Encyclopedia of Snow, Ice and Glaciers

2011 Edition
| Editors: Vijay P. Singh, Pratap Singh, Umesh K. Haritashya

Equilibrium-Line Altitude (ELA)

  • Jostein BakkeEmail author
  • Atle Nesje
Reference work entry
DOI: https://doi.org/10.1007/978-90-481-2642-2_140

Synonyms

Snow line

Definition

The equilibrium-line altitude (ELA) marks the area or zone on a glacier separating the accumulation zone from the ablation zone and represents where annual accumulation and ablation are equal.

Introduction

The equilibrium-line altitude (ELA) on glaciers is the average elevation of the zone where accumulation equals ablation over a 1-year period. The ELA can rarely be observed as a line at the same elevation across the entire width of the glacier due to local topographic and climatic variations in accumulation and ablation (Figure 1). Thus, the ELA is the average altitude of the equilibrium line. The ELA is very closely related to the local climate, particularly winter precipitation and summer air temperature. Variations in the ELA can therefore commonly be attributed to changes of these two variables. This can best be illustrated by its relationship to the net balance. The term net mass balance is the net gain or loss of ice and snow. The mass balance is...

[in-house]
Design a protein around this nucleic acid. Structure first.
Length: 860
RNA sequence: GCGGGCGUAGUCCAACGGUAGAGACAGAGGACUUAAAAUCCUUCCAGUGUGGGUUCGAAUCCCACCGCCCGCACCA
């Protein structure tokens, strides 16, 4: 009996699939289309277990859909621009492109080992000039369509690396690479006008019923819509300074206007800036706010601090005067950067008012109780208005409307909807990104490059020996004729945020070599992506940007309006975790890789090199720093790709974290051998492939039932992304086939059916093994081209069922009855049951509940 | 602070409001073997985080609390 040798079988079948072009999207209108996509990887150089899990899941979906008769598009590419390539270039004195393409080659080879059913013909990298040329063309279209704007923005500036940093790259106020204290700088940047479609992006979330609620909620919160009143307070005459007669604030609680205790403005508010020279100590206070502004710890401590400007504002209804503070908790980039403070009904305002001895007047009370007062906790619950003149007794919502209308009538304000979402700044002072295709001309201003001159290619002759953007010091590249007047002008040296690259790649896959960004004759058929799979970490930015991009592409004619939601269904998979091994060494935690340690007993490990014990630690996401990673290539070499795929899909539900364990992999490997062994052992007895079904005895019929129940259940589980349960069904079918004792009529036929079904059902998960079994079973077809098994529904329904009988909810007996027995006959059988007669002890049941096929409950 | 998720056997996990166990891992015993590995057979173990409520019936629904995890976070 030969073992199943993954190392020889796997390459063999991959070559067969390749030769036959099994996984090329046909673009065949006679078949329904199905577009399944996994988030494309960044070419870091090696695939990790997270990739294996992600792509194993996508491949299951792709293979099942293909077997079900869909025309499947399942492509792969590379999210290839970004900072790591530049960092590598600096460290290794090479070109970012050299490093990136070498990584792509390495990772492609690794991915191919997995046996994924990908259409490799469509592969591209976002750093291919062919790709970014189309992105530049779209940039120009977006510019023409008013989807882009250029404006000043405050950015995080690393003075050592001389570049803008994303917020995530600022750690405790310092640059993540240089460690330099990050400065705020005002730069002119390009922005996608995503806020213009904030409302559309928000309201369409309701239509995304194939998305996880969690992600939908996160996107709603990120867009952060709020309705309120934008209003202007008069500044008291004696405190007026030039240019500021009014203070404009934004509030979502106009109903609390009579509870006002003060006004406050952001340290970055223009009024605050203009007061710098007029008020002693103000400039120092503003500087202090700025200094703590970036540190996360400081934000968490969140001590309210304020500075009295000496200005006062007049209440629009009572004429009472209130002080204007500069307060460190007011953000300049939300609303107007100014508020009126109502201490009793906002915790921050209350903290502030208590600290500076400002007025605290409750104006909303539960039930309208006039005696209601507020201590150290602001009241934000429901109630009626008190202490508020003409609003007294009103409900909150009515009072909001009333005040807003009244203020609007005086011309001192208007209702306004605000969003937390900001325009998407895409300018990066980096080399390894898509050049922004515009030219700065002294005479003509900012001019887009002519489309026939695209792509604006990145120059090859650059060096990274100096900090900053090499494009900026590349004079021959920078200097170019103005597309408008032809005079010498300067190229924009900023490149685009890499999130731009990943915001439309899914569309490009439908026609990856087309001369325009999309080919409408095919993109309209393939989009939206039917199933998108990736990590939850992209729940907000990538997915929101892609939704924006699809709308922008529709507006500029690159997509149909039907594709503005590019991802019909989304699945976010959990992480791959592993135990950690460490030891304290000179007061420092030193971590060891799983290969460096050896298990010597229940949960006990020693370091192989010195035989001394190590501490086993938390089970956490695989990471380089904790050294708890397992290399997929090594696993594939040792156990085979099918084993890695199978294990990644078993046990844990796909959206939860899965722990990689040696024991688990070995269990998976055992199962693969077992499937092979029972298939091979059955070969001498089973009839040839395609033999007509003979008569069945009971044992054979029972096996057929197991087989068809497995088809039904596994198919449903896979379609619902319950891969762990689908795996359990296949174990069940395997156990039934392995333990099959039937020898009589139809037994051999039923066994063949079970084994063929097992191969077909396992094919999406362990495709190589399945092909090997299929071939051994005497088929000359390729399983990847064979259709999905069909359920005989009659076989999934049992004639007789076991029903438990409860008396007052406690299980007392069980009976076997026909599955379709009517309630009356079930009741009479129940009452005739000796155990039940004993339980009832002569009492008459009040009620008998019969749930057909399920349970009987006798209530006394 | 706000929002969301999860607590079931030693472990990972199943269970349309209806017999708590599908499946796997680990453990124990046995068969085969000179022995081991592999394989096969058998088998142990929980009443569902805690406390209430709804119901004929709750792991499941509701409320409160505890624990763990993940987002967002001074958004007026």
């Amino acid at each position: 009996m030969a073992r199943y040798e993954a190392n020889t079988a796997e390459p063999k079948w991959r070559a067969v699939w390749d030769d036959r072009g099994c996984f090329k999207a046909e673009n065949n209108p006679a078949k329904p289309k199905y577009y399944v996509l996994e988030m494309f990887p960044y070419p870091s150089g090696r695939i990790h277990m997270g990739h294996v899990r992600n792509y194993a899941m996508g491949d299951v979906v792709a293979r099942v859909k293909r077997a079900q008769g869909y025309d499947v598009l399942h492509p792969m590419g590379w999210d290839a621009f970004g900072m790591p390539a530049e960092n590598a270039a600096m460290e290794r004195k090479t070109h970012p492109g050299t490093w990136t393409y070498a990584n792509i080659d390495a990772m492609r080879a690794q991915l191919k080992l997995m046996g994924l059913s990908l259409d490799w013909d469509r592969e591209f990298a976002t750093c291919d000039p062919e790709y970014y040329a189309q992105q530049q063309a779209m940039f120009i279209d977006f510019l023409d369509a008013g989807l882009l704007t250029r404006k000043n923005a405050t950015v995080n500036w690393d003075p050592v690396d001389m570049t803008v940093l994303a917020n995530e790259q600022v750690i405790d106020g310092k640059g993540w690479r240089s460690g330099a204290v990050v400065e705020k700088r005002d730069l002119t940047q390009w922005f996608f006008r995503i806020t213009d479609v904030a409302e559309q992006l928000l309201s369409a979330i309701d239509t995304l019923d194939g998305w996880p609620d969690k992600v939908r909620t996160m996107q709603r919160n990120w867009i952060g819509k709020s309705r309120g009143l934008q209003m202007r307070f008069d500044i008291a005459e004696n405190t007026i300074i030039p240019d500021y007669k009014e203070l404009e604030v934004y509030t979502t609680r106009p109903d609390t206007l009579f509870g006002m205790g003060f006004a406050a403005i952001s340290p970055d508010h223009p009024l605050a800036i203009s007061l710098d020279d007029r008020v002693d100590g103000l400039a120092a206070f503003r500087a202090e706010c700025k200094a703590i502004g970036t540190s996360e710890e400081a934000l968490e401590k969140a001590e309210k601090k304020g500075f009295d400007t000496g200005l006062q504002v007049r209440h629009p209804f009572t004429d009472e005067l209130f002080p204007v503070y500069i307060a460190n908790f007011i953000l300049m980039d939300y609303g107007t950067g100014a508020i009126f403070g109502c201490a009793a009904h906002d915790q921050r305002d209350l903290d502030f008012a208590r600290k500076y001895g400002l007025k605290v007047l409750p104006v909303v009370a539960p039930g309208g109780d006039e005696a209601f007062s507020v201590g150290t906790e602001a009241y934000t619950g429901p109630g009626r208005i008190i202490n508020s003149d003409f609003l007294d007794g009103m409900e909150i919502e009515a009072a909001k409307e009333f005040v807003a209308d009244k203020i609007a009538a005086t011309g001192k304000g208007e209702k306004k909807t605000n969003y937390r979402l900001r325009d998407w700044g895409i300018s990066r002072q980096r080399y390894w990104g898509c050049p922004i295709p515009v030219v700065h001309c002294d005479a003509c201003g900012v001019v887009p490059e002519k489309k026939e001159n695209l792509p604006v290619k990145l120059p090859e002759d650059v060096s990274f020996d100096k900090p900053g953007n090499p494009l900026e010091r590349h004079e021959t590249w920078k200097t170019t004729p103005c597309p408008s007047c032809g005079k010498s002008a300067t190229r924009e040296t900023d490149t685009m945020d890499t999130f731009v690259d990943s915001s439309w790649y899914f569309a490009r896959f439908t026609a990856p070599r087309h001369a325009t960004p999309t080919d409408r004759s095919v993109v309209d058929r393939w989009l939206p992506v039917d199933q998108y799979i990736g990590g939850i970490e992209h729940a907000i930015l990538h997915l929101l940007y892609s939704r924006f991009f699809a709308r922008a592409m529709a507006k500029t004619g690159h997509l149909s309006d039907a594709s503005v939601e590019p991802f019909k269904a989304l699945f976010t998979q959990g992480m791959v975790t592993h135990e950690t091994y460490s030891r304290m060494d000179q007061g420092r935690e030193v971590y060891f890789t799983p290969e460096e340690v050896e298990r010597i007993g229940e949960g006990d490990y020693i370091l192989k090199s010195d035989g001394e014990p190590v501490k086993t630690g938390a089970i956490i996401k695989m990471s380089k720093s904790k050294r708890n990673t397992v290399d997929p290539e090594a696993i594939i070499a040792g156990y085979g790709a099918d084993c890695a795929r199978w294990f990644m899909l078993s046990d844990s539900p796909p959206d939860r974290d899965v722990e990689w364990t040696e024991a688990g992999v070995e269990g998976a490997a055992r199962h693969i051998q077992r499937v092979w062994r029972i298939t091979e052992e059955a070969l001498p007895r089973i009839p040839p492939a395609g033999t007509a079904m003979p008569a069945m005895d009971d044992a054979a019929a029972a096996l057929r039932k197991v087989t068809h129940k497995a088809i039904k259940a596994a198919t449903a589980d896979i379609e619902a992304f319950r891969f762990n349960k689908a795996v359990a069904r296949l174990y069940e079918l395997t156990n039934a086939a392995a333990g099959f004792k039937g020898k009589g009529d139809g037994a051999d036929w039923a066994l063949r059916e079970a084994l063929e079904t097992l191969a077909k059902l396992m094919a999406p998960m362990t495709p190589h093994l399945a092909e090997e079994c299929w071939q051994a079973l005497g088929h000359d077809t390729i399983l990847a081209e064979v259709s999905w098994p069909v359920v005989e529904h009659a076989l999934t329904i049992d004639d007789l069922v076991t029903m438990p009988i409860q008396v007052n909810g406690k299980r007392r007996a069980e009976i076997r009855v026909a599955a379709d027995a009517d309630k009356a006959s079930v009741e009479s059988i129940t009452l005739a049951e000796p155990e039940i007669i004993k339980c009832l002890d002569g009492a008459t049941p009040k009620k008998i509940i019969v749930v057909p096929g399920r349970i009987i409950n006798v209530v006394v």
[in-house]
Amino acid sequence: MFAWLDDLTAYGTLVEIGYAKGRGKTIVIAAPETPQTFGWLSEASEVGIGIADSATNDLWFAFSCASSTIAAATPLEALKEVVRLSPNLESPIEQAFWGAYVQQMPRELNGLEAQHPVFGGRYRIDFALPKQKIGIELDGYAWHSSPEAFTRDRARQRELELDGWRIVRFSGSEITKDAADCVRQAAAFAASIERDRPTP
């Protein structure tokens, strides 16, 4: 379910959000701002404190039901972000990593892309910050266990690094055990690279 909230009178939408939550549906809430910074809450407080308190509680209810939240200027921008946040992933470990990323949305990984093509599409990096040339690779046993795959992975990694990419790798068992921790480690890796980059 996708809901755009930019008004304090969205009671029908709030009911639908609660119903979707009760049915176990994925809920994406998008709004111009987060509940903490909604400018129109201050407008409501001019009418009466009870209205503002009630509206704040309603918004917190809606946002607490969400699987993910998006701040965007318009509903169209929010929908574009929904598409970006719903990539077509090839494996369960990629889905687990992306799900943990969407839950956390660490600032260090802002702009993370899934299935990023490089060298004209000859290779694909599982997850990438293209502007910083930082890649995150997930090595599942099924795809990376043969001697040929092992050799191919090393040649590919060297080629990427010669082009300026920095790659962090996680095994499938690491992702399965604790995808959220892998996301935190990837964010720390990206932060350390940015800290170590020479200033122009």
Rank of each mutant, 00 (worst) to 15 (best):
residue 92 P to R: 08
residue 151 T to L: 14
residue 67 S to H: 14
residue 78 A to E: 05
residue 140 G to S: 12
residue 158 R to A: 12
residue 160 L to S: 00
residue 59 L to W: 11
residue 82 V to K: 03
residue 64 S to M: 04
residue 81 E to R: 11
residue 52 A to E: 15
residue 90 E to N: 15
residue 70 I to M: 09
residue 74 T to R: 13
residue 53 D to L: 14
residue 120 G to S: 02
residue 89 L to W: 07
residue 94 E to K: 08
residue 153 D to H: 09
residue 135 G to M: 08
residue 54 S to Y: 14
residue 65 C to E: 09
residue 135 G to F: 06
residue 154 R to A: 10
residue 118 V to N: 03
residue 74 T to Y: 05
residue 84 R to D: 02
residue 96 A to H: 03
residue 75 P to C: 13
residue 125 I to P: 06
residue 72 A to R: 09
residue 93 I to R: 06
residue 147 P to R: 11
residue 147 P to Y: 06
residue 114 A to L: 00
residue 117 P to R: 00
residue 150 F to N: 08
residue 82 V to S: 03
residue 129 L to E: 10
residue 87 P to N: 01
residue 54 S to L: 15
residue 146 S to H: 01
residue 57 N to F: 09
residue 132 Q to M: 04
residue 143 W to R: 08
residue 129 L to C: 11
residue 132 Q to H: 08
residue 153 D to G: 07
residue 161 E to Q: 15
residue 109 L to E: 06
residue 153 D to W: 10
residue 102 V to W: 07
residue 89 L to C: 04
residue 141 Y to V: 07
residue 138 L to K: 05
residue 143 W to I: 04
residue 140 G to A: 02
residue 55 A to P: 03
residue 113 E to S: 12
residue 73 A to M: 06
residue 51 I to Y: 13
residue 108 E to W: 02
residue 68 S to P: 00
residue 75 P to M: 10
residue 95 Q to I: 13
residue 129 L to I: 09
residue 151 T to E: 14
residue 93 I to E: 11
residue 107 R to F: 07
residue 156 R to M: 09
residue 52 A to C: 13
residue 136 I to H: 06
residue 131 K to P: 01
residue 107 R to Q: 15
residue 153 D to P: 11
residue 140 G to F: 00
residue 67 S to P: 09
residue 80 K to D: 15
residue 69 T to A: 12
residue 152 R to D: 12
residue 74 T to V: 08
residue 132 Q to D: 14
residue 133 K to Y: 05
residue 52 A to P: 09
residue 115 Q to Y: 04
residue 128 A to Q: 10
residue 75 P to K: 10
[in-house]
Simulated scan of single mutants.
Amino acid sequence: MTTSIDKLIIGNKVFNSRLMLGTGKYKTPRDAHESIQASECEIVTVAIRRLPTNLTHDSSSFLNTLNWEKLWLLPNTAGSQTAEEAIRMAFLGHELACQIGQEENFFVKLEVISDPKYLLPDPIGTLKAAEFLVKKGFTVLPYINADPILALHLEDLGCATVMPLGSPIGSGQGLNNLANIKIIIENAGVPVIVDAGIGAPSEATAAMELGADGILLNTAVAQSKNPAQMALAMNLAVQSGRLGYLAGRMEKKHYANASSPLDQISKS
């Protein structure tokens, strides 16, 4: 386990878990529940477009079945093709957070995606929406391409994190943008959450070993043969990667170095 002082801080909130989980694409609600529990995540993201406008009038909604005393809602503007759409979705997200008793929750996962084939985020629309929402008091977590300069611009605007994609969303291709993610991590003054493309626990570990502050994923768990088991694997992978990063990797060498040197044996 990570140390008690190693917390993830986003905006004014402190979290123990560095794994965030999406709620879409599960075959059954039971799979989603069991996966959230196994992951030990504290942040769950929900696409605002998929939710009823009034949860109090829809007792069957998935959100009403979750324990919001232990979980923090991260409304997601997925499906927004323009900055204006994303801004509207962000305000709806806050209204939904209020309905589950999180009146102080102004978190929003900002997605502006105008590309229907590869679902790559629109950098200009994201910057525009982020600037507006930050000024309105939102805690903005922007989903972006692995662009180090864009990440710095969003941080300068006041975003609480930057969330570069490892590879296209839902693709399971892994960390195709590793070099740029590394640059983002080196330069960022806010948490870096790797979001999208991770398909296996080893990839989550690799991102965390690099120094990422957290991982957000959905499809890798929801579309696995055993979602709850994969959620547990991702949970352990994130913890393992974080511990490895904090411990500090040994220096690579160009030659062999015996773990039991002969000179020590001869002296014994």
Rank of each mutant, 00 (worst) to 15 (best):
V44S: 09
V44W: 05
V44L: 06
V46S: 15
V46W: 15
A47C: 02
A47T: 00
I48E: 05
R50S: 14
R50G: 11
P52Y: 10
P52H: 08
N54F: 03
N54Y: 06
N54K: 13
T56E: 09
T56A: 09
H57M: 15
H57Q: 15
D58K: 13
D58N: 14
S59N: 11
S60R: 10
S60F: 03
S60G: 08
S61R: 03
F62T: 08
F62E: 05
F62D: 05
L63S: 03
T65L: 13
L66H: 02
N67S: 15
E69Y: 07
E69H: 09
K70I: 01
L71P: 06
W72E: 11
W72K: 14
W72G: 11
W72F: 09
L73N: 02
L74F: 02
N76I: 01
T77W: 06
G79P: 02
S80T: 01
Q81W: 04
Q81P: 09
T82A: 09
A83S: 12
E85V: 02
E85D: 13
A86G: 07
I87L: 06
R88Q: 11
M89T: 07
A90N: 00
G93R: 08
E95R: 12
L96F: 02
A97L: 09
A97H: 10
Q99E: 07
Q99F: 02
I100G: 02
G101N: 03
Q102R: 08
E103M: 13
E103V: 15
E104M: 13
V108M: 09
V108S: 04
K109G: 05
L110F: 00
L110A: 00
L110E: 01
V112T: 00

This is a preview of subscription content, log in to check access.

Bibliography

  1. Bakke, J., Dahl, S. O., Paasche, O., Lovlie, R., and Nesje, A., 2005a. Glacier fluctuations, equilibrium-line altitudes and palaeoclimate in Lyngen, northern Norway, during the Lateglacial and Holocene. Holocene, 15(4), 518–540.Google Scholar
  2. Bakke, J., Lie, Ø., Nesje, A., Dahl, S. O., and Paasche, Ø., 2005b. Utilizing physical sediment variability in glacier-fed lakes for continous glacier reconstructions during the Holocene, northern Folgefonna, western Norway. Holocene, 15(2), 161–176.Google Scholar
  3. Ballantyne, C., 2006. The Loch Lomond Readvance on north Arran, Scotland: glacier reconstruction and palaoclomatic implications. Journal of Quaternary Science, 22(4), 343–359.Google Scholar